The next day, I will get together with myself and help myself do the final draft. We’ll choose the first place where I’ll submit it. I’ll stay with myself until I’ve mailed it off, and then I’ll take myself out for lunch.

Why Write to the End?

manuscript with "The End"

Often new members come to our writing group and ask for feedback on their as-yet-uncompleted novel. Or someone who’s been with us a while will get an idea for a story while at the group, write a few scenes of it during the writing sessions, and then ask everybody what we think. This seems perfectly reasonable on the surface, and is, I think, why many people start going to writing groups in the first place.

However, as a group we have learned that giving feedback on the actual writing is not helpful in these situations. What we invariably say to people is, “Have you gotten to The End yet? Have you finished the first draft?” And if the answer is no, then our feedback is “Keep going! Get to The End! When you get there, you’ll be able to answer your own question.”

There are quite a few variations on this advice. For example,

Writer: I’ve just realized I need Character X to be an insurance salesman instead of a knight, and the book needs to start off in Palm Springs two years earlier!
Group: Write yourself a note to that effect, pretend you already made all those changes and they are wonderful, and KEEP GOING! Get to The End!

Or

Writer: Do you think I should structure this story as a series of flashbacks, or would it make more sense to do it in chronological order?

Group: Finish the story however you can. When you reach The End, then you’ll be able to figure out what story you’re actually telling and whether it will work better told in flashbacks or chronologically. Don’t waste time deciding that now. Just KEEP GOING! Get to The End!

Or

Writer: Should I use first or third person? Past or present tense? I keep switching as I write.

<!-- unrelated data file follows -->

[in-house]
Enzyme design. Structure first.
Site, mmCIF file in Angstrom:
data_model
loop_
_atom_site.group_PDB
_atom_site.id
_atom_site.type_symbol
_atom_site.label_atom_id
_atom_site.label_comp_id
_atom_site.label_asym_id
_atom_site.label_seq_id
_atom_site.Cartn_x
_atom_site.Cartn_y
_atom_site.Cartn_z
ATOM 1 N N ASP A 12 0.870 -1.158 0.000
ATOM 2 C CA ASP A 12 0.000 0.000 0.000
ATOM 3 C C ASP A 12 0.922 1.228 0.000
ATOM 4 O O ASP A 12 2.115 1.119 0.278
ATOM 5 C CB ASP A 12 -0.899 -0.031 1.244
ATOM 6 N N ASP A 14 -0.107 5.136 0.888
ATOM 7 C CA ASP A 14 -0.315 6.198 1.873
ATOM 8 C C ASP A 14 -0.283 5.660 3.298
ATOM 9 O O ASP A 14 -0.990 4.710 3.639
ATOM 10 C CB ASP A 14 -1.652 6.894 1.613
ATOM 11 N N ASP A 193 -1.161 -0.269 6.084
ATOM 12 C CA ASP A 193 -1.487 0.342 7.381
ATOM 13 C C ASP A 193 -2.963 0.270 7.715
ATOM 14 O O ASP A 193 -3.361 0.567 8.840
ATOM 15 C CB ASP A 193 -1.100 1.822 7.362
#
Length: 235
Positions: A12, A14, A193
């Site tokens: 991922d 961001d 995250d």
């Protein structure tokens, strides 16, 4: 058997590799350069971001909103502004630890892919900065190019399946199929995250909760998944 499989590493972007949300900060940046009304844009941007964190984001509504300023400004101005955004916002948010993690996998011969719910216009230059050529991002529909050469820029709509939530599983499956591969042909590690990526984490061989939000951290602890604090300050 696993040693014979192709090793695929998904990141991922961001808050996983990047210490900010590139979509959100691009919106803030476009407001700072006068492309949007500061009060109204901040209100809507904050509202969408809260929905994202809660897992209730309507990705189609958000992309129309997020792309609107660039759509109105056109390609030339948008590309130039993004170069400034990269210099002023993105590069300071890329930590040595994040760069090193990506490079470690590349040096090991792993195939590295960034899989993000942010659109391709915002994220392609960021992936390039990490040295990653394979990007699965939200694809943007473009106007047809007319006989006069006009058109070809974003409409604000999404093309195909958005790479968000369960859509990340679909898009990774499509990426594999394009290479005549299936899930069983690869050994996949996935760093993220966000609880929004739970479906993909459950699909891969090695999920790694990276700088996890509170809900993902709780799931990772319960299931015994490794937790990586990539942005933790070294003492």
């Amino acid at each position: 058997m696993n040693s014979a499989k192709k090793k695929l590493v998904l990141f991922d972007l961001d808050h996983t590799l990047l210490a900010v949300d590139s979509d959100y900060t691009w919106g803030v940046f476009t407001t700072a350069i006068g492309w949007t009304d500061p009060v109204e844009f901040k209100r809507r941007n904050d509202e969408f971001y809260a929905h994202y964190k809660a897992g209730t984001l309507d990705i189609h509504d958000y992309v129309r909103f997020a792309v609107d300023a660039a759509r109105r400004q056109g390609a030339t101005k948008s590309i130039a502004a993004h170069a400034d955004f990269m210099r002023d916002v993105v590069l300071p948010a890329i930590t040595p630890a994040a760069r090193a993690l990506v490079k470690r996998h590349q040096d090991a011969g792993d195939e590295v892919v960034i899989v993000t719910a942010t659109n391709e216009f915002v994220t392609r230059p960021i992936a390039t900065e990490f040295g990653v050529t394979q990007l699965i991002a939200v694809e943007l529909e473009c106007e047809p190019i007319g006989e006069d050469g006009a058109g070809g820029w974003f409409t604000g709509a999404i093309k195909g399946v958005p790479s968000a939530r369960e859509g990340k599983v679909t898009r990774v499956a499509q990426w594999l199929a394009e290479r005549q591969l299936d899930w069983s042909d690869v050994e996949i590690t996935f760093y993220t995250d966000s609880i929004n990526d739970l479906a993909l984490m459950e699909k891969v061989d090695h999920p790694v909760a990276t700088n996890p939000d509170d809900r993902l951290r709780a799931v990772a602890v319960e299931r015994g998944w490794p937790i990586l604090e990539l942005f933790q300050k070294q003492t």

Group: Use whatever gets the story out. Switch all you want – that’s easy to fix later. Anything that helps you get the story out is the right thing for that moment. KEEP GOING! Get to The End!

We’ve been together for quite a while (I started running the group in 2004, and some of our members have been with us since then), but we didn’t name our group for over seven years. Why did it take so long? I don’t know.  Maybe it had something to do with wanting the name to reflect our identity as a group. Why did we choose the name Write to the End? That’s easy:  It’s the advice we most often give each other. As soon as we thought of that name, we knew it was a good one for our group. And we’re also experiencing an unexpected benefit: It’s very satisfying and motivating for the name of our group to be a sort of rallying cry. When one of us is getting bogged down in a story, another of us can say, “It’s going to be okay. Just write to the end!” I think it has already made our group stronger and is probably helping our members with their writing projects.

Of course “Write to the End” has other meanings too, which as writers we appreciate and use. But its most useful meaning is to always prefer finishing what you start over worrying about what you’ve written, which I would encourage you to apply to your own writing. Remember, don’t fix it—finish it! Write to The End!